a. Notice that the color shot seems to have a lot more information for the viewer to digest. It's color itself.
b. You notice the pink on my wife's shoes, her pink shirt contrasted against the blue onesie, the bright red and blue of the elmo blanket in the foreground, etc.
c. Now, view the b&w again. Much of those potential distractions have been removed.
d. The blanket in the foreground no longer draws the eye away from the real moment of a mother comforting her newborn baby.
e. The color of clothing and the shoes are irrelevant and no longer draw the eye, either.
f. Now we are left with something more simple, stripped down, and conceptual. And without color, there is little that could truly date this image (well, maybe the couch).
B&w images have a more classic feel, don't they? There's not only a sense of nostalgia that we have for them but the simplicity of these images draws us in and invites us to explore them in a way that I would argue many color images cannot. Chet Raymo in The Soul of the Night, says "In New England in October anyone can take a pretty picture, and most do....Point the camera in any direction, snap the shutter, and the image is certain to please." He suggests that the photographer must pay greater attention to his or her selection of subject matter, lighting, composition, tonality, and even color, in order to make a good b&w. The simple fact of beautiful color in an image can no longer make a photo work. The photographer now has to dig deeper and use content to entice the viewer.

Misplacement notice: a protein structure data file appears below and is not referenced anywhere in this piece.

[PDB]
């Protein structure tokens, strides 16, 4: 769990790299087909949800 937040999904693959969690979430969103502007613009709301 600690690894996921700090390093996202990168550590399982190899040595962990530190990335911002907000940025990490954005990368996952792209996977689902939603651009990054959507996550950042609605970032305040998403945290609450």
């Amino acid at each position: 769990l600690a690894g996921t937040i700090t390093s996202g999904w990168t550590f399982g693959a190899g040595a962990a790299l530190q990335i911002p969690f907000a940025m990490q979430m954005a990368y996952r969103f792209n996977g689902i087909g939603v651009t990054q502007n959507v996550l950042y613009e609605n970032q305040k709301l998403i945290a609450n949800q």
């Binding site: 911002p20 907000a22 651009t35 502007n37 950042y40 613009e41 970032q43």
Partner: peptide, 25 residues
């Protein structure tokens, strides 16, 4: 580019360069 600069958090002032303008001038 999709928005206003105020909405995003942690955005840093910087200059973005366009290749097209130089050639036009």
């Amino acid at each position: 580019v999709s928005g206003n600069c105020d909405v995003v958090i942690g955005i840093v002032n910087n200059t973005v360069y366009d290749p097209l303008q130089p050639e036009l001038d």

5. B&w images are conceptual. Almost instantly, a shot of my son running down stairs on a playground becomes a slice of childhood. As children, we all played on playgrounds, explored jungle gyms, and remember them fondly (for the most part). We can more easily connect to a b&w version of an image because of its conceptual nature, it's timelessness. We aren't drawn to the color of the clothing or its surroundings. We can tell it's a wooden gym and that is all the information we need on that.
I will add that the compositions of these images also lends themselves to the same timeless theme. B&w conversion isn't magic. There's a great deal that goes into a great b&w image, more than just the absence of color. My sons playing hide and seek is an example. They aren't paying attention to me. They're engrossed in their game and the timing is right. The activity is something that most of us did as children and we can relate, it's not only action oriented but conceptual, lending itself to a more timeless feel. The b&w conversion, then, allows us to focus on them without extraneous details such as color.
I promise you I don't hate color. I do hope that this mini-series on black and white has helped you to understand at least part of why it's so effective and why Chuck and I use it frequently in our work, both professionally and personally.